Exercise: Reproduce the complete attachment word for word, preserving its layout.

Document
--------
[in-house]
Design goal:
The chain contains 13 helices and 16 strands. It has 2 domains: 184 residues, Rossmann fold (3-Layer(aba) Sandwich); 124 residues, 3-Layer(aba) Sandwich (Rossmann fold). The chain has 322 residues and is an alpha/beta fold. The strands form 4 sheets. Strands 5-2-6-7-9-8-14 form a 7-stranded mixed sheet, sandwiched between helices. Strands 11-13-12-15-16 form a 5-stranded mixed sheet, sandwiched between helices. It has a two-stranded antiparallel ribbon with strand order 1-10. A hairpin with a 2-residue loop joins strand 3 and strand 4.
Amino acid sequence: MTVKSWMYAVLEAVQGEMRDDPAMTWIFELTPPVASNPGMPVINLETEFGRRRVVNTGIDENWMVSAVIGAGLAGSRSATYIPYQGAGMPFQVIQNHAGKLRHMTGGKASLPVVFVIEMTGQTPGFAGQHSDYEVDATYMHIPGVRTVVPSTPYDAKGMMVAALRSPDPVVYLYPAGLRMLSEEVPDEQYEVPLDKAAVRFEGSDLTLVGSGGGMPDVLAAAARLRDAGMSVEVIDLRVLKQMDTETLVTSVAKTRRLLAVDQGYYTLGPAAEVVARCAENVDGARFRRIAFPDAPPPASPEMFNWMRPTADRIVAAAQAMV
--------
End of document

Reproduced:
[in-house]
Design goal:
The chain contains 13 helices and 16 strands. It has 2 domains: 184 residues, Rossmann fold (3-Layer(aba) Sandwich); 124 residues, 3-Layer(aba) Sandwich (Rossmann fold). The chain has 322 residues and is an alpha/beta fold. The strands form 4 sheets. Strands 5-2-6-7-9-8-14 form a 7-stranded mixed sheet, sandwiched between helices. Strands 11-13-12-15-16 form a 5-stranded mixed sheet, sandwiched between helices. It has a two-stranded antiparallel ribbon with strand order 1-10. A hairpin with a 2-residue loop joins strand 3 and strand 4.
Amino acid sequence: MTVKSWMYAVLEAVQGEMRDDPAMTWIFELTPPVASNPGMPVINLETEFGRRRVVNTGIDENWMVSAVIGAGLAGSRSATYIPYQGAGMPFQVIQNHAGKLRHMTGGKASLPVVFVIEMTGQTPGFAGQHSDYEVDATYMHIPGVRTVVPSTPYDAKGMMVAALRSPDPVVYLYPAGLRMLSEEVPDEQYEVPLDKAAVRFEGSDLTLVGSGGGMPDVLAAAARLRDAGMSVEVIDLRVLKQMDTETLVTSVAKTRRLLAVDQGYYTLGPAAEVVARCAENVDGARFRRIAFPDAPPPASPEMFNWMRPTADRIVAAAQAMV